Sure, Newt Gingrich and Sarah Palin have issued requisite soundbites following Prop 8’s extermination. But how come much of the GOP has been MIA on attacking this week’s brilliant same-sex marriage ruling?
Rachel Maddow was among many in the peanut gallery, including this website, expecting Vaughn Walker’s ruling to be met with disgust and outrage from conservative Republicans. Instead we only have the same sad arguments from groups like the Family Research Council and National Organization for Marriage.
But perhaps more surprising is how nobody from the GOP is stepping up to pull on this ripe, low-hanging fruit to go on the attack against Obama for his convoluted and, some might say, contradictory stance on same-sex marriage, which he does not support but does not want constitutionally banned.
And here’s where we’ve got to fault Maddow. From what we can tell in last night’s segment, neither she nor producers actually asked any Republicans why they’re hiding out. Not Mitch McConnell. Not John McCain or Lindsey Graham. Not Jon Kyl or Tim Pawlenty. Not even Jeff Sessions or Michele Bachmann. Speculate all you want — and that’s what we and cable news shows do! — but maybe there’s a more simple way of finding out why GOP leadership hasn’t issued a set of talking points to blanket Fox News’ primetime block. Instead, Bill O’Reilly isn’t speaking to conservative lawmakers; he’s talking to lawyer pundits.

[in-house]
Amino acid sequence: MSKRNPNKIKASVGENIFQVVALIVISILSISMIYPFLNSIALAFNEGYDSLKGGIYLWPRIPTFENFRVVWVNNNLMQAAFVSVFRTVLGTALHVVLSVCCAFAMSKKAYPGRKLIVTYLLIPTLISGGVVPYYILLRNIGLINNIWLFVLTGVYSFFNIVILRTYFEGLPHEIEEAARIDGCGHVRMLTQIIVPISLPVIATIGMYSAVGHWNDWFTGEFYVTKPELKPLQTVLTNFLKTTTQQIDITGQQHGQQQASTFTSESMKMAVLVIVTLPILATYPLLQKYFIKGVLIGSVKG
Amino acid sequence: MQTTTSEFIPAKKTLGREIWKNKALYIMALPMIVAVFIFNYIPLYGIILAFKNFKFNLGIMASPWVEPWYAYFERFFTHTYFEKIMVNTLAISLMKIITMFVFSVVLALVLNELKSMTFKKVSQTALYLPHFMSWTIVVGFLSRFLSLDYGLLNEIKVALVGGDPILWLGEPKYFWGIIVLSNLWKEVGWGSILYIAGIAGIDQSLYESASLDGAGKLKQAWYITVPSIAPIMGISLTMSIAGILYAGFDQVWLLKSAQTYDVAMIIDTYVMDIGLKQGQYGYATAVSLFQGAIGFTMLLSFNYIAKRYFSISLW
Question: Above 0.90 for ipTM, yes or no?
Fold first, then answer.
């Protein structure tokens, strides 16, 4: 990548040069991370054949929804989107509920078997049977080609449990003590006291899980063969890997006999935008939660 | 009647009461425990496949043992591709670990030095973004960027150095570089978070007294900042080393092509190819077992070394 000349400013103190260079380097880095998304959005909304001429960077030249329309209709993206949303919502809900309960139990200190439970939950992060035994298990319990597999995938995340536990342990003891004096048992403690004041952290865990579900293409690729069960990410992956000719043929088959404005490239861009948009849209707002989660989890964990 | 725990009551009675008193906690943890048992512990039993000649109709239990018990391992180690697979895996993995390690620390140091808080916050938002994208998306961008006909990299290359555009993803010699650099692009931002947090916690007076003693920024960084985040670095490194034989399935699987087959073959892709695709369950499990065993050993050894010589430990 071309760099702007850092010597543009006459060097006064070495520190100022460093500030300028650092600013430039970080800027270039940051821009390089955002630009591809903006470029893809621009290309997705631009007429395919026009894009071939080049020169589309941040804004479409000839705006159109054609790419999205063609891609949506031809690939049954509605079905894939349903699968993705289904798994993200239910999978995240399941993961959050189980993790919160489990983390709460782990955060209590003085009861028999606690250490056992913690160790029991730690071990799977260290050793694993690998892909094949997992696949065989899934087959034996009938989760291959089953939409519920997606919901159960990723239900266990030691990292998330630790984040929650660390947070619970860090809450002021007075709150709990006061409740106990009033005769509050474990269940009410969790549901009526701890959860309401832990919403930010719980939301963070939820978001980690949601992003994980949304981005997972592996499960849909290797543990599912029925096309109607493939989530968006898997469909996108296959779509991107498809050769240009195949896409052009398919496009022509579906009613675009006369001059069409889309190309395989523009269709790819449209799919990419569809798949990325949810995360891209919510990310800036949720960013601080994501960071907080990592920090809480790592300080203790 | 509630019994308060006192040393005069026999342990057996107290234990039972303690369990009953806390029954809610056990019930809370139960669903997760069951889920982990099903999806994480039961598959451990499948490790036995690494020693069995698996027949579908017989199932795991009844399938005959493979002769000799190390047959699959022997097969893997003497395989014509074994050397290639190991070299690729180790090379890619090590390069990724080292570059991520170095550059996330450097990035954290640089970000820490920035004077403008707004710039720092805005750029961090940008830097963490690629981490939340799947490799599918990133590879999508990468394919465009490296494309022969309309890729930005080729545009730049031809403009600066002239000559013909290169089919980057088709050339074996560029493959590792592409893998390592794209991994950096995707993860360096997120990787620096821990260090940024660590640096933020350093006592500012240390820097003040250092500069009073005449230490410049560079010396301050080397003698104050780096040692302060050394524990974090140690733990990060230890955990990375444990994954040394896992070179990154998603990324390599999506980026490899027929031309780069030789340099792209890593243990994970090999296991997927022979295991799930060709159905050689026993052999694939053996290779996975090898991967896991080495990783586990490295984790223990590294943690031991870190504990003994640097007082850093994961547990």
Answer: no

There’s more to this story than what Newsweek‘s Jonathan Alter, who is a wise fella, says about how conservative experts are suddenly realizing arguments against same-sex marriage are bunk. If this group bothered looking at the evidence five years ago they would’ve known this. No, the GOP’s broad silence looks like evidence they’re abandoning the position because it’s bad politics. (To be fair, Alter mentions how the Tea Party hasn’t made gay marriage a big issue, and the GOP could be reacting to that.)
No politician has ever had a problem with ignoring scientific research in favor of beating the fear drum. But every politician knows what’s unfavorable among their constituency is unfavorable when it comes to re-election. And yet, even this conclusion remains speculative.